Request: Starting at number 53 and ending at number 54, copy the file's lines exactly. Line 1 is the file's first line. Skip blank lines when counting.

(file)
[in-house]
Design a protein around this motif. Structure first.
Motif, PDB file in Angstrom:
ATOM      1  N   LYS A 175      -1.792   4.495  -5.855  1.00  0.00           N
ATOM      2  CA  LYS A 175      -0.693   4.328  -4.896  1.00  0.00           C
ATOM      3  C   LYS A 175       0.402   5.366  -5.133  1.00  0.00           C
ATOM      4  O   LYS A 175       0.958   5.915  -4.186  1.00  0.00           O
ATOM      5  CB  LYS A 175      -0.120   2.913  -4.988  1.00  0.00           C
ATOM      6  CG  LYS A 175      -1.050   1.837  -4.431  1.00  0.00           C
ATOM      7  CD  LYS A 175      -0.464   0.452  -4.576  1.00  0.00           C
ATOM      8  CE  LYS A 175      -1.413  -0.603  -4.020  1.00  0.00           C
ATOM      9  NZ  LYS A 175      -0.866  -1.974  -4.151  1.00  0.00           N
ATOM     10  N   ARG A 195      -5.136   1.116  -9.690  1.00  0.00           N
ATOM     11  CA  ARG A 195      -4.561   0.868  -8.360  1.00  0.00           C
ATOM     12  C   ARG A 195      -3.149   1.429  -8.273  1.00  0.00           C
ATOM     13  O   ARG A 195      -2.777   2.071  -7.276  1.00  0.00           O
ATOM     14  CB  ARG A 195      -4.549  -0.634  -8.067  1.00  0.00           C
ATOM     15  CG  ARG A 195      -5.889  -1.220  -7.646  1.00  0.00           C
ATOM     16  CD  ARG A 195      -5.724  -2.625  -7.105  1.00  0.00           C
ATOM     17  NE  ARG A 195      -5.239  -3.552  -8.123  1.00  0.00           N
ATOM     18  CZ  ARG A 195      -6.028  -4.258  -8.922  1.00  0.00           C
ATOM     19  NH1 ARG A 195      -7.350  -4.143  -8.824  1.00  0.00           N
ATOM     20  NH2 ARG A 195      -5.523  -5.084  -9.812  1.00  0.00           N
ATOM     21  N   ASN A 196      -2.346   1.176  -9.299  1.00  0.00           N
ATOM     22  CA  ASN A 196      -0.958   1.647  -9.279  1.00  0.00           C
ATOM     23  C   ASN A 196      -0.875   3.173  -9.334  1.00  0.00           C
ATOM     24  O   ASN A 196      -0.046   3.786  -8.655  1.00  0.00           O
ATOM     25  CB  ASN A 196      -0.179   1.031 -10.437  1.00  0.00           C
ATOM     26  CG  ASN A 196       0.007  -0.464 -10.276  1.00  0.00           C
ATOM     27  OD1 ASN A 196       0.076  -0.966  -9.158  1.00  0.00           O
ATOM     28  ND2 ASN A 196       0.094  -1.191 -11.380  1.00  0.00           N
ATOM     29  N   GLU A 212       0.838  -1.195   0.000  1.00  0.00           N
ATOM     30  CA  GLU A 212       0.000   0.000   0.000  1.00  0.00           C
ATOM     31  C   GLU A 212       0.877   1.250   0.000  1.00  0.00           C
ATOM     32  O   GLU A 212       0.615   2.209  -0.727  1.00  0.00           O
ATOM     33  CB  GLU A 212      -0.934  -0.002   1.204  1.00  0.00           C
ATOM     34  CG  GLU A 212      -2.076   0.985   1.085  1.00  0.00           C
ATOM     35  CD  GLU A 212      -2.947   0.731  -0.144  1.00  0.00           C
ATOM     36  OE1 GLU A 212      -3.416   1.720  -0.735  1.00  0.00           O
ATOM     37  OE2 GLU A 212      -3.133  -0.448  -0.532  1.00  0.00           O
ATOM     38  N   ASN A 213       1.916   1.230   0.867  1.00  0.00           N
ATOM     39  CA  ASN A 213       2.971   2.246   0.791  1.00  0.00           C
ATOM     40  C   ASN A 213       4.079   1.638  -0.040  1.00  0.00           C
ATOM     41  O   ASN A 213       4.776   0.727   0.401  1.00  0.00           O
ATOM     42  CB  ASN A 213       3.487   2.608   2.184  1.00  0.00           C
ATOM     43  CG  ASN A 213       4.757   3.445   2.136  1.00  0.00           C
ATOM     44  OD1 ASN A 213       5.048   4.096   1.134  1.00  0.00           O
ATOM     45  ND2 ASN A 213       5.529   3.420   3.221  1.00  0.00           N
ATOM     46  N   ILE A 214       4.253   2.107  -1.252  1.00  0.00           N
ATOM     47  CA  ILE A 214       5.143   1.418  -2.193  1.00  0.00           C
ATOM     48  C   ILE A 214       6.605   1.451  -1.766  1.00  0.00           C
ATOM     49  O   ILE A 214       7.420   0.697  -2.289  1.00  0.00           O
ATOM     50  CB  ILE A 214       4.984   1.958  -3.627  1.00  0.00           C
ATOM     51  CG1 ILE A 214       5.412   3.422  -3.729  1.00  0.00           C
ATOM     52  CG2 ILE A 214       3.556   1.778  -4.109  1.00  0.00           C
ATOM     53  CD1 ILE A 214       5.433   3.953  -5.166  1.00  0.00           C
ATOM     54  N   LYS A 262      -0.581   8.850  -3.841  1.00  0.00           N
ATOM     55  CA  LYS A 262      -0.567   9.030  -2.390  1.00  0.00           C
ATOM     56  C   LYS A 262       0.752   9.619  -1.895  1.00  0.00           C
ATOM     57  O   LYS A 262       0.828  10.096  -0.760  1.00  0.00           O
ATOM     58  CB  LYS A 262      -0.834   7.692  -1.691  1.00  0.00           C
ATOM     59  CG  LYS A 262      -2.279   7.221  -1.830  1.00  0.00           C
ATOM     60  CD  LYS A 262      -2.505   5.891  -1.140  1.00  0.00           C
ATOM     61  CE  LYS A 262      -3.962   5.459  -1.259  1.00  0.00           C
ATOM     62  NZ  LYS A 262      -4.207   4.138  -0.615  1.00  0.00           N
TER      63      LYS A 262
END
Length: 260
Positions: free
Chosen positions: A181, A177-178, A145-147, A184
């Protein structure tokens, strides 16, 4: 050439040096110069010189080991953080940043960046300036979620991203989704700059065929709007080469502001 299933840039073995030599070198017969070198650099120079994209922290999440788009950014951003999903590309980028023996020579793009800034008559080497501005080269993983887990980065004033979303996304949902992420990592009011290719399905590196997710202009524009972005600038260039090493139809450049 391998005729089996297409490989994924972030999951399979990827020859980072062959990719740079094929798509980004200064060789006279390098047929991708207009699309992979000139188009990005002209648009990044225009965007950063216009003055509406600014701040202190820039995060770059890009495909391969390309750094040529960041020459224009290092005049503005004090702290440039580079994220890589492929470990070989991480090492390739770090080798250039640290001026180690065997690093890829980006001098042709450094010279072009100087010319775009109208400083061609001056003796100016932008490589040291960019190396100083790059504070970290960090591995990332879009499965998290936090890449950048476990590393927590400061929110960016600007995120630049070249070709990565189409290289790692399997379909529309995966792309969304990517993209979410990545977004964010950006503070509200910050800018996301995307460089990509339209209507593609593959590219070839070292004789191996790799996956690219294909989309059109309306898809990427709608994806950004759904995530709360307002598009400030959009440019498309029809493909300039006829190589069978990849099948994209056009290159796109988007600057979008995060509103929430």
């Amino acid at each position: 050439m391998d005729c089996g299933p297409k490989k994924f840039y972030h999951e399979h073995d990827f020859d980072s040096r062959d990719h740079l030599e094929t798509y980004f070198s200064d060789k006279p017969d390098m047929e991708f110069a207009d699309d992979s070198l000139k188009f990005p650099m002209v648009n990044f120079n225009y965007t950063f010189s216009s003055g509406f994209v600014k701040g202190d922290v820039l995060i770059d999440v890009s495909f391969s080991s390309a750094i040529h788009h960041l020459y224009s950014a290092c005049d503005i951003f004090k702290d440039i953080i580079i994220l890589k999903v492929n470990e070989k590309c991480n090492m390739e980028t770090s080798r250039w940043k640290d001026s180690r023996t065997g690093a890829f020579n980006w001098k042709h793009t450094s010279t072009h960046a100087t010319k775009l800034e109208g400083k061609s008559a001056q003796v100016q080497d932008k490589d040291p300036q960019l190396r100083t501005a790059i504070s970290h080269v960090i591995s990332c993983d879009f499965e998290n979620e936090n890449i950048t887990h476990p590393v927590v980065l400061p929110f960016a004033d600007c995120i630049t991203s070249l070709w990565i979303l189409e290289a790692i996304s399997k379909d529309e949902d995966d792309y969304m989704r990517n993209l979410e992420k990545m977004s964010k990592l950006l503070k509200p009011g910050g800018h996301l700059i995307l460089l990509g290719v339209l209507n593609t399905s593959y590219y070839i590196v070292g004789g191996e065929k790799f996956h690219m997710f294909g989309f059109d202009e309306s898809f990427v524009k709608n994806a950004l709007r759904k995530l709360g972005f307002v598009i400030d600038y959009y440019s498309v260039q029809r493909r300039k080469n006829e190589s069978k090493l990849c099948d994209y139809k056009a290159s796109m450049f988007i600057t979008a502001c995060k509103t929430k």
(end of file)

ATOM     50  CB  ILE A 214       4.984   1.958  -3.627  1.00  0.00           C
ATOM     51  CG1 ILE A 214       5.412   3.422  -3.729  1.00  0.00           C